FPeT: Framework for designing piezoelectric transformer power supplies

Personnel involved in the FPeT project

The following is a list of the invesitigators on the project

Prof Martin Foster

Principal investigator

Martin Foster is Professor in Energy Conversion and Storage in the Electrical Machines and Drives Group at the University of Sheffield. His primary research interests are in the field of power electronics and energy storage. Much of his work has been presented at conferences and published in leading international journals.
Dr Jonathan Davidson
Jonathan Davidson studied both his MEng and PhD in the Department of Electronic and Electrial Engineering, graduating in 2010 and 2015 respectively. He was appointed lecturer in September 2015 as part of new team of academics to develop a degree in interdisciplinary engineering called MEng Engineering.

His research interests cover a range of interdisciplinary themes centred on power electronic systems. Following his first degree, he worked on thermal management of power electronics where he developed a new technique for the rapid characterisation of thermal systems. Subsequently, his interest expanded into resonant power conversion (particularly using piezoelectric transformers) and sensor/measurement technologies.

Prof David Stone
David Stone studied Electronic Engineering at the University of Sheffield from 1982 - 1985, an graduated with a 1st BEng(Hons) before moving to Liverpool University to study a PhD. He graduated from Liverpool University in 1989 with a PhD in Automatic Weld Penetration Control, having developed a vision system and power electronics capable of controlling the penetration of a TIG welding arc through the workpiece.

After graduating with a PhD, he joined the University of Sheffield as a member of academic staff in the Electrical Machines and Drives (EMD) Group where he has been working to date, having been promoted to Professor in 2013.

His research interests include power electronics and energy storage, and currently, through CREESA, the research group operates the largest grid-connected lithium titanate electrical energy storage system in the UK.

Prof Ian Reaney
The main theme of Ian Reaney's research is the study of structure/microstructure property relations in electroceramics. He he has produced many key texts on microwave dielectrics and piezoelectrics and is currently developing lead free ceramics for actuators and sensors and researching materials for 5G applications. His group focuses on the development of sustainable functional ceramics and as part of this initiative he has published several papers on their comparative life cycle assessment. He is also developing ultra-low sintering technologies for ceramics to reduce the carbon footprint of their manufacture.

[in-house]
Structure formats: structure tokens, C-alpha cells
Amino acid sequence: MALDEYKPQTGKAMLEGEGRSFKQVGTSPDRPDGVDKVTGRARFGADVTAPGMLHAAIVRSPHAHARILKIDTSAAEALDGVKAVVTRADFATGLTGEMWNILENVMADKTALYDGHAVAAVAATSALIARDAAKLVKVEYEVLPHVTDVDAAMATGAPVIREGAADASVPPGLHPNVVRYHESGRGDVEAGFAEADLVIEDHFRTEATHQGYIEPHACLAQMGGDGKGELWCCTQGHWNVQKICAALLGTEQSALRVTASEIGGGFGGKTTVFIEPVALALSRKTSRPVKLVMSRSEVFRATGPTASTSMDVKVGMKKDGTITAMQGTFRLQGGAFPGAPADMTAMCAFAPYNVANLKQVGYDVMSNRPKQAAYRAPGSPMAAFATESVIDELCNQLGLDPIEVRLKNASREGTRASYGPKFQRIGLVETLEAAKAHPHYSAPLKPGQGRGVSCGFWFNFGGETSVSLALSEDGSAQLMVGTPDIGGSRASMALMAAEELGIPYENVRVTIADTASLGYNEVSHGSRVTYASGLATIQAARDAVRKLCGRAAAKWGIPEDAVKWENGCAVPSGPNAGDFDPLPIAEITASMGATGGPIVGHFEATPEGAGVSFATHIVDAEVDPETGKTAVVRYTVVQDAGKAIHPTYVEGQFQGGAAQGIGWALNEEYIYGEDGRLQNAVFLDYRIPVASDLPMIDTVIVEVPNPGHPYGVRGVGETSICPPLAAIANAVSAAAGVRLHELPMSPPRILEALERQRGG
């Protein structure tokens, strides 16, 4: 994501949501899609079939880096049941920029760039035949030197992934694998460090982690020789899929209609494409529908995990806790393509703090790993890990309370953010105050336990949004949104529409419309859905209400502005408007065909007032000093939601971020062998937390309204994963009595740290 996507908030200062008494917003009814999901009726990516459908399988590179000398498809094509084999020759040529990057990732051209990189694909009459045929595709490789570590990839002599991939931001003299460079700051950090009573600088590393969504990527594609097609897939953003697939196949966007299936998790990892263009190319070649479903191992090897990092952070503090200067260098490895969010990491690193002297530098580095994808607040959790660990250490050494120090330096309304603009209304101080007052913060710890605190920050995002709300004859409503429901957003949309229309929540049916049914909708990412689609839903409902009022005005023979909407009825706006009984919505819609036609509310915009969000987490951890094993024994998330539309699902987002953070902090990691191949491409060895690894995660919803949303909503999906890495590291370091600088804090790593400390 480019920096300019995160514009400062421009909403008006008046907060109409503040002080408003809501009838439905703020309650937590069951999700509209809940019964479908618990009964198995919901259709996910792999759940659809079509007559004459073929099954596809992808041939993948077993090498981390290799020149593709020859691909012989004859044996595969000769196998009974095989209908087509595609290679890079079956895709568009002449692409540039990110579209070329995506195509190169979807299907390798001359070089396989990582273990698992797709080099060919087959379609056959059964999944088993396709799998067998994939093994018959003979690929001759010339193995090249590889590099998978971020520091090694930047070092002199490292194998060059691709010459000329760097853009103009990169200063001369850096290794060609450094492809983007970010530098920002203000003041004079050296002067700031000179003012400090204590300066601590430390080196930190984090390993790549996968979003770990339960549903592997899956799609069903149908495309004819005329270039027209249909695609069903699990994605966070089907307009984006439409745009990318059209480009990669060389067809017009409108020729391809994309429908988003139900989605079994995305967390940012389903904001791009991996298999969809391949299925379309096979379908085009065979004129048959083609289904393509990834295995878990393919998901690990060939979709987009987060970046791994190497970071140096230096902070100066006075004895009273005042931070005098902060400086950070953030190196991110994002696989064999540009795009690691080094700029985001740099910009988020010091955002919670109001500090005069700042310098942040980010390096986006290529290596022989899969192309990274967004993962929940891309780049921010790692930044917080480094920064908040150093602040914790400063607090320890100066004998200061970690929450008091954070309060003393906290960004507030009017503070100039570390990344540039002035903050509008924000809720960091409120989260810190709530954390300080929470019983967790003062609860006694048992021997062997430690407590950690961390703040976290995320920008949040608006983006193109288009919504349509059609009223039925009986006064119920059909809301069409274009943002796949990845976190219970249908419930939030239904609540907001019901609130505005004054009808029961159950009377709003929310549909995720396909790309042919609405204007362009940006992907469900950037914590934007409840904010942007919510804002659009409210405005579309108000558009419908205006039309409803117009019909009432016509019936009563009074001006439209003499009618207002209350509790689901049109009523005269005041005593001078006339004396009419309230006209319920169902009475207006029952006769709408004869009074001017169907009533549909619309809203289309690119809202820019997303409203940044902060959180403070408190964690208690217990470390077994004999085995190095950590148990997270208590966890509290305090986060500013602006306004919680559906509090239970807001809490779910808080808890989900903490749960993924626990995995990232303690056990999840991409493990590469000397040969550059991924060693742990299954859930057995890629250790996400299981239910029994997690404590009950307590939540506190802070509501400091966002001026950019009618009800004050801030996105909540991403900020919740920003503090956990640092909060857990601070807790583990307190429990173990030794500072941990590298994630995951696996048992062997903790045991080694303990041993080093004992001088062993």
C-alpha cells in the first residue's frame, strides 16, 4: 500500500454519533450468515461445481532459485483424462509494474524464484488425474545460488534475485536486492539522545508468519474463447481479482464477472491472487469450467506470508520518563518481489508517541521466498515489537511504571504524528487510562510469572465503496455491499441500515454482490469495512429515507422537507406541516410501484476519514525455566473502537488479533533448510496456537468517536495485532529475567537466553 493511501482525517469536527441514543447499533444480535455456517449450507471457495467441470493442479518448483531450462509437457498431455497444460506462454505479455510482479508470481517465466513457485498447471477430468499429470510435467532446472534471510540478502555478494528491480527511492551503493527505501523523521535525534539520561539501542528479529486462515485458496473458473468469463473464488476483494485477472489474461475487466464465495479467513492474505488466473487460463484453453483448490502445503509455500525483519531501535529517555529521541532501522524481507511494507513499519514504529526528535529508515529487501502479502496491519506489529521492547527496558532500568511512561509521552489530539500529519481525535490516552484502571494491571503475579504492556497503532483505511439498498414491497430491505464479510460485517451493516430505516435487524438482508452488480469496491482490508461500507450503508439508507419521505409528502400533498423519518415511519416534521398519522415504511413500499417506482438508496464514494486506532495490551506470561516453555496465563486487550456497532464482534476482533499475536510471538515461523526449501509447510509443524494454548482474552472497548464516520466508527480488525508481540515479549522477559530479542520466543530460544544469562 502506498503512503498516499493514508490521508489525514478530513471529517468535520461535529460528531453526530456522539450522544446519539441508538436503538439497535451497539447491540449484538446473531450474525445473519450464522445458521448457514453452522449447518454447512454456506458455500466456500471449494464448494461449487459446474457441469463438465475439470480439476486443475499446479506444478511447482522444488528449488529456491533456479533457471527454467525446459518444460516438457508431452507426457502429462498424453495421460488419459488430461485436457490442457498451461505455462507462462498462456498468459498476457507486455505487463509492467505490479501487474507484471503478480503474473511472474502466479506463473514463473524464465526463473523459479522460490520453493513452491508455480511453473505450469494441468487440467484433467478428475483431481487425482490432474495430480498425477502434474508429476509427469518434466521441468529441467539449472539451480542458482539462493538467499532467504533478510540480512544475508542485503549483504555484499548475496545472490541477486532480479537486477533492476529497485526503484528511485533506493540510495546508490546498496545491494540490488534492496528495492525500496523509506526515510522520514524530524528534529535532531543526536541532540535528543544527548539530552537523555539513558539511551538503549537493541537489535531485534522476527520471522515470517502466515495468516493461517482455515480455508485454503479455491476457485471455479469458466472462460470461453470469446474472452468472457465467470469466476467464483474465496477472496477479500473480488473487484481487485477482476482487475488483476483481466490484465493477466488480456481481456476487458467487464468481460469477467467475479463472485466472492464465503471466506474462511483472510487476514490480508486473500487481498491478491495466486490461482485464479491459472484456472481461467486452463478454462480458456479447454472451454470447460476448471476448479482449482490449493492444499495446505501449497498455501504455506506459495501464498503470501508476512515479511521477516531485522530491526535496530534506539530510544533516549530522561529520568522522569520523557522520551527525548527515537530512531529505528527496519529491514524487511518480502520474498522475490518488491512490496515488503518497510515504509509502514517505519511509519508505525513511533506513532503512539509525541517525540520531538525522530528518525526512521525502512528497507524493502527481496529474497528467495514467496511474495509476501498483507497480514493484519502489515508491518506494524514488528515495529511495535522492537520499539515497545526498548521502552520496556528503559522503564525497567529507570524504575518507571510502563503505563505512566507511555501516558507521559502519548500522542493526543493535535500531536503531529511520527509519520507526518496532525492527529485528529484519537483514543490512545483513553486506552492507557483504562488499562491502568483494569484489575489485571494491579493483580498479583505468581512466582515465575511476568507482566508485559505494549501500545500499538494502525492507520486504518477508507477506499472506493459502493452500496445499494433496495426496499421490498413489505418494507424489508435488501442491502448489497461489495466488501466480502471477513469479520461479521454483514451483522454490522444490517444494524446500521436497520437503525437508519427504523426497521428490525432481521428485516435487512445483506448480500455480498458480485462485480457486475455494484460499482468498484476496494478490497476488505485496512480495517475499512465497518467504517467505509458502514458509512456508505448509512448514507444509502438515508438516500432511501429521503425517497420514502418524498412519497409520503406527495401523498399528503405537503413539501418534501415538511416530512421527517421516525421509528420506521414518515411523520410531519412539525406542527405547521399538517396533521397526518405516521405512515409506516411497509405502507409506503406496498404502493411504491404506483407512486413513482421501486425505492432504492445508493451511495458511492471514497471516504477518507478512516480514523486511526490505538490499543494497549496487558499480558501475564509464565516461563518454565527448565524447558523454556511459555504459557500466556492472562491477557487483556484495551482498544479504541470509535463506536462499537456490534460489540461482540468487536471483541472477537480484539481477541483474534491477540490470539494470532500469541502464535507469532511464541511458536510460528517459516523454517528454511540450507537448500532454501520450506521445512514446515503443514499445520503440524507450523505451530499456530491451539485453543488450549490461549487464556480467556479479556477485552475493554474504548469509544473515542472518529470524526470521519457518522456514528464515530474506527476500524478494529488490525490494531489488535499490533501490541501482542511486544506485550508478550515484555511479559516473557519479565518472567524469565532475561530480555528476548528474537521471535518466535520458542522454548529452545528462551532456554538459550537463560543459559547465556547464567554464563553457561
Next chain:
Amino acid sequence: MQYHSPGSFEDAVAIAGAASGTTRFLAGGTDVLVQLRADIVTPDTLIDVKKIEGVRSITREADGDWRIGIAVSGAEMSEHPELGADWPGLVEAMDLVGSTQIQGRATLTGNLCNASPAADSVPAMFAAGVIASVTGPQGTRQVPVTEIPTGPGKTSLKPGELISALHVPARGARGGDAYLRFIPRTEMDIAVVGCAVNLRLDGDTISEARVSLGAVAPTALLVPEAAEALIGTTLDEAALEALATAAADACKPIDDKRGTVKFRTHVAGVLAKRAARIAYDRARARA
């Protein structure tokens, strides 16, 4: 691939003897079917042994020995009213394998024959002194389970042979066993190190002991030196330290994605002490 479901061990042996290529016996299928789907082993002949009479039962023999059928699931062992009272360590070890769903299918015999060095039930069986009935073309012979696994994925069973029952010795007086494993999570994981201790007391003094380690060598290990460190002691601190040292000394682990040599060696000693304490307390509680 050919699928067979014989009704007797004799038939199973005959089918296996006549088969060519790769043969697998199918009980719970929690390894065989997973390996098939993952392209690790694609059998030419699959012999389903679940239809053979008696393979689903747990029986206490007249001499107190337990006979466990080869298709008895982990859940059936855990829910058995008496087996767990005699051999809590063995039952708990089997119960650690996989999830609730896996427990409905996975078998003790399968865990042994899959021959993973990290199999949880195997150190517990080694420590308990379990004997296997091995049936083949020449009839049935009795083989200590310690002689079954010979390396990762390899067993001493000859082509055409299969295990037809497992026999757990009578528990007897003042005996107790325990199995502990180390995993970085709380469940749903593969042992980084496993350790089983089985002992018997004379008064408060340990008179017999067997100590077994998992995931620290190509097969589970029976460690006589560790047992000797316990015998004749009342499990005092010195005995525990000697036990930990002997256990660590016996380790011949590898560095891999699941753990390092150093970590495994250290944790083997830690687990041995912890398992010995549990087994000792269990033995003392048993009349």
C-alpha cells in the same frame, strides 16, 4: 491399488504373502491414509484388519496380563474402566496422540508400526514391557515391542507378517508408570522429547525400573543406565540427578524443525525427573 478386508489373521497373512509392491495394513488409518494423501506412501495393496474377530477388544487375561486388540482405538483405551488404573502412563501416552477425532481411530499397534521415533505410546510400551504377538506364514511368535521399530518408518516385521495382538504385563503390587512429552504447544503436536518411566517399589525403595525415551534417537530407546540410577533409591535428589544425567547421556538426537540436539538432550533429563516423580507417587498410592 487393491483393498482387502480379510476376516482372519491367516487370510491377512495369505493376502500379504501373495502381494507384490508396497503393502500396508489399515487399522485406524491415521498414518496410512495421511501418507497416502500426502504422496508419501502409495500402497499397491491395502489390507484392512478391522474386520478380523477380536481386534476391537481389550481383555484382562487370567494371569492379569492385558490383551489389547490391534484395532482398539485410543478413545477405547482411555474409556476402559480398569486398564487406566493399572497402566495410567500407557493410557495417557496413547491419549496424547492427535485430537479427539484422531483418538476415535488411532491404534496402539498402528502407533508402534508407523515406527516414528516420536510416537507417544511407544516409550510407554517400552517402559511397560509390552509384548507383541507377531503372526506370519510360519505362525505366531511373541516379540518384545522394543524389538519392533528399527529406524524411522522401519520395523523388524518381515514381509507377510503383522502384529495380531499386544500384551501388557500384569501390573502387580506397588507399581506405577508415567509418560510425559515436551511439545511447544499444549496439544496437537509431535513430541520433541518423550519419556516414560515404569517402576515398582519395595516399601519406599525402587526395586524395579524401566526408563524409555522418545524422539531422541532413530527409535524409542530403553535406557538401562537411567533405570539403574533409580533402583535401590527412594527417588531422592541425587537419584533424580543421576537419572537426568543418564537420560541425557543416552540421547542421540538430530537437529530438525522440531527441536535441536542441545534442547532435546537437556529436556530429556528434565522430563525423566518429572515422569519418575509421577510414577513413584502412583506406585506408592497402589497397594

Prof Derek Sinclair
Derek Sinclair was appointed to the academic staff at the University of Sheffield in 1999 as a Lecturer in Functional Materials following from Lecturer appointments in the Department of Chemistry, University of Aberdeen (1994-99) and the Department of Materials Science, University of Leeds (1993-94). He obtained his BSc (1st Class Honours) and PhD (supervised by Professor Tony West) in Chemistry at the University of Aberdeen and held post-doctoral research appointments at the University of Aberdeen (with Profs Tony West and John Irvine) and the Interdisciplinary Research Centre for Superconductivity at the University of Cambridge (with Prof Paul Attfield), before joining the academic staff at Leeds in 1993.

Derek is a recognised for his ability to probe the structure (crystal and defect)-composition-microstructure-property relationships of a wide range of functional oxides, spanning from superconductors to dielectrics via mixed conductors and solid electrolytes.